EN When did you start creative writing, because I know you were a journalism major. Didn’t you start at NYU?

TL I wrote all my first story collections as a junior and senior. I just wrote for writing workshops … once every three weeks I turned in a story.

EN And how were you eventually published?

TL My publisher read on my blog I had a story collection. He emailed me. I also had a literary agent, he sent it to about 20, 30 publishers … they all rejected it … my story collection.

EN Oh, man. Was that pretty hard?

TL I guess I didn’t care. Well, no. I felt like it would eventually get published, because they said they would publish a novel like that. So it was just a matter of time I guess.

EN Alright, so now that you’re a writer, what does your day to day schedule look like? How much do you write?

TL When I’m working on a book, I write everyday for like … for my entire day. I wake up at 2:00, work until 3:00, work in [the NYU] library until 8:00, eat, and then work on it until 12:00 or 1:00. I go home and sit around for awhile, go to sleep.

EN Do you want to talk a little about Ellen Kennedy? And publishing her? It seems like she has a very similar style to you. Is that the style you’re looking to publish?

TL Well, if someone doesn’t have a similar style to me, that’s like that person having a different personality. I’ll just stop talking to them naturally. People with like similar tastes … I’ll just be better friends with, naturally. And that’s who I’ll publish.

EN What about people who seek you out as a publisher, but you don’t know them?

TL If there’s interest in me, I’ll ignore it. You can’t submit … you just have to become friends with me somehow, naturally. By commenting on my blog, like … over a year. I already have three or four people who’s books I will publish, just from knowing them over the last five years. And I feel like … those people will always be there. So I’ll never just accept submissions.

EN What if you’re submitted something by a really talented writer you don’t know?

TL If I get something I really like by a stranger, I would just get to know them, over time. I like their writing first and then I get to know them.

EN For your next books, are you … are you publishing yourself? Or you’re still with Melville?

TL I’m with Melville. In the future I want to publish myself, so I want to start it sometime. I have like now … until the next six months … nothing to do really. I’ve finish my next two books, and then I feel like I’m done forever.

EN Oh, no! Why do you feel like that?

TL This is just how I feel. I know it’s just a feeling. I don’t know. The next book is the novella, and then the next novel. So within my career I have a nice little block of things. Another thing will just ruin it. I’ll become a person … you’ll look at their career arc, and you don’t see any design, it will just be a bunch of books. (laughter). That’s what I feel like if I publish another thing. Unless I do really well.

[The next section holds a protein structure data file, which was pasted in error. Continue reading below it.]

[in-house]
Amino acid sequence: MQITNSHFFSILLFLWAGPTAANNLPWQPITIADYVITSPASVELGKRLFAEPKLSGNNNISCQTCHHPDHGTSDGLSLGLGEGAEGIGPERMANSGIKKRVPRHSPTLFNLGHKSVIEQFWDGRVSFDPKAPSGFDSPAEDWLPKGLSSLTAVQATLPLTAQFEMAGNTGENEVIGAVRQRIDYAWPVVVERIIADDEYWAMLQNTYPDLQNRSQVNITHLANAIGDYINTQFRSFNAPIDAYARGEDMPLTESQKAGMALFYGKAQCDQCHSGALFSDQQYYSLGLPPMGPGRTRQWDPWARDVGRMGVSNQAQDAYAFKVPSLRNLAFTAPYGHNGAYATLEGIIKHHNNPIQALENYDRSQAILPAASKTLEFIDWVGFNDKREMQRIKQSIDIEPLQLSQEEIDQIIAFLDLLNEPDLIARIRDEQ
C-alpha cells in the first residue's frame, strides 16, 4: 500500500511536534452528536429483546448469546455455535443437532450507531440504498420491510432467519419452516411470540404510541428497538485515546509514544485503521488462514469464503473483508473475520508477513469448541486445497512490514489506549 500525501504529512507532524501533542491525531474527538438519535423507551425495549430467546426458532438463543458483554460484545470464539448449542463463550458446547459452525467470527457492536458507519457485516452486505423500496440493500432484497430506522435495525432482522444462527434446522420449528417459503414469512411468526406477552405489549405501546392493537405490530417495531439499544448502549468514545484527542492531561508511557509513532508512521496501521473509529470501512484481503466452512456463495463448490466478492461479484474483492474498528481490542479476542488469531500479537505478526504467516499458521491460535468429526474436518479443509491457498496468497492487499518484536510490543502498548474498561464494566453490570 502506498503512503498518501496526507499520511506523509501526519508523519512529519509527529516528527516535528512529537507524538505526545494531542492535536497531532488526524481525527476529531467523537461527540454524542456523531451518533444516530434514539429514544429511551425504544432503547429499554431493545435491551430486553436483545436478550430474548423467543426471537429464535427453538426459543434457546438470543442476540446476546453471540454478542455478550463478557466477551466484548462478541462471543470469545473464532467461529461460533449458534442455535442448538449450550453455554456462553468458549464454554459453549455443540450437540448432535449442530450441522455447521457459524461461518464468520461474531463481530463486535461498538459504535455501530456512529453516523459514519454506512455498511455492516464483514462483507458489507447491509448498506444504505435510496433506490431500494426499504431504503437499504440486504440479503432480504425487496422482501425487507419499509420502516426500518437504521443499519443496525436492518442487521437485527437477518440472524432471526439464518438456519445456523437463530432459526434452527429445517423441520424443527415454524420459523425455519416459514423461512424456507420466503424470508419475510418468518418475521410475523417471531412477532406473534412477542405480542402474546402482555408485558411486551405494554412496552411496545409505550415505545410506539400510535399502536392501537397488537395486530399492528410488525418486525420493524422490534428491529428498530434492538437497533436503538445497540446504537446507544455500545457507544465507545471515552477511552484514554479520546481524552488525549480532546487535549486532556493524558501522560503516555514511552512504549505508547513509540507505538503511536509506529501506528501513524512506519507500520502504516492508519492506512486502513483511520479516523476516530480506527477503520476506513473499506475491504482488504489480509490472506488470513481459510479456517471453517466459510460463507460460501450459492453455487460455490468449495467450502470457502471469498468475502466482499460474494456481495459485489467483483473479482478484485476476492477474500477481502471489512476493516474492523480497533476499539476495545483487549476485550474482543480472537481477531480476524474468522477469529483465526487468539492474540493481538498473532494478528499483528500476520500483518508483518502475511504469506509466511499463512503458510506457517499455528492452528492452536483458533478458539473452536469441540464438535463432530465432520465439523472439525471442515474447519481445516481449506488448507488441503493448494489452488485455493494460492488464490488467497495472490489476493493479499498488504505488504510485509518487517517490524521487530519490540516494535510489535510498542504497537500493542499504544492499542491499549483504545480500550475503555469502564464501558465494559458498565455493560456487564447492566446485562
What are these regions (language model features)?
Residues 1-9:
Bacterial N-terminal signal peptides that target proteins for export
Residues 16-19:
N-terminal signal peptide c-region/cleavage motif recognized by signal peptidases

EN So what’s the future look like then?

TL I just have to plan really well. Like there’s a few options after the next novel. I can write a book of poetry that becomes a like … iconic … right after the next novel and I feel like that will be good. If not, I have to wait four years and publish a story collection, and it becomes iconic. Like four years after the novel, when I’m like 29. I feel like that would be good. Or I could publish like three books of drawings in a row, something like that. And after that, I can enter a new phase of writing, and that would be good also.

EN A new phase? Like what?

TL Not in terms of style or anything, just like people can look at this part and think, that’s alright. Like a period of books of drawings.

EN So will you still write in the meantime?

TL If I wanted to publish a story collection, that would take me a really long time. If not, I’ll still be working on writing. I’ll edit over a long period of time.

EN Do you outline your books? Do you know how they’re going to end?

TL The next two books are completely autobiographical. I just think about the most interesting parts of last two years. And then for the ending, I just ask: does it work?

EN What about for fiction?

TL The earlier stuff, I guess I didn’t have the entire thing in my head. I’d start by writing to get the tone of the story down. Then I’d put together different scenes, then have the general outline. During that time I’d think really hard about what to make the ending. For two more weeks I’d work on it, knowing the structure of it.

EN Do you have reoccurring characters in your work? People you find yourself inclined to write about again?

TL I feel like once I’ve finished a character, I don’t write about it anymore. Then I remember them the same way I’ll listen to the song, if I’ve listened to it in the past. When I write, I anticipate in the future being able to read it and remember certain things.

EN Does living in New York change what you write about? Or affect your writing?

TL I don’t feel like New York changes anything of that.

EN Have you traveled a lot?

TL Yeah. I’ve been to Taiwan, China, Japan, Canada, Madrid, Alaska, some other places.

EN Would you live somewhere else other than New York?

TL I’d buy a house in Florida and live alone in a house. Or maybe Japan or something. It seems like I’ll never go back [to Florida]. I’m too set with everything in NY. I don’t really go places. I don’t go to Central Park or whatever. So wherever I go is where I’ll probably stay. Because I do most of my stuff on my computer.

EN So for you, is the computer more exciting than going to a new place?

TL Definitely. I’ve never felt 1/10 as excited looking at a mountain as I do checking my email.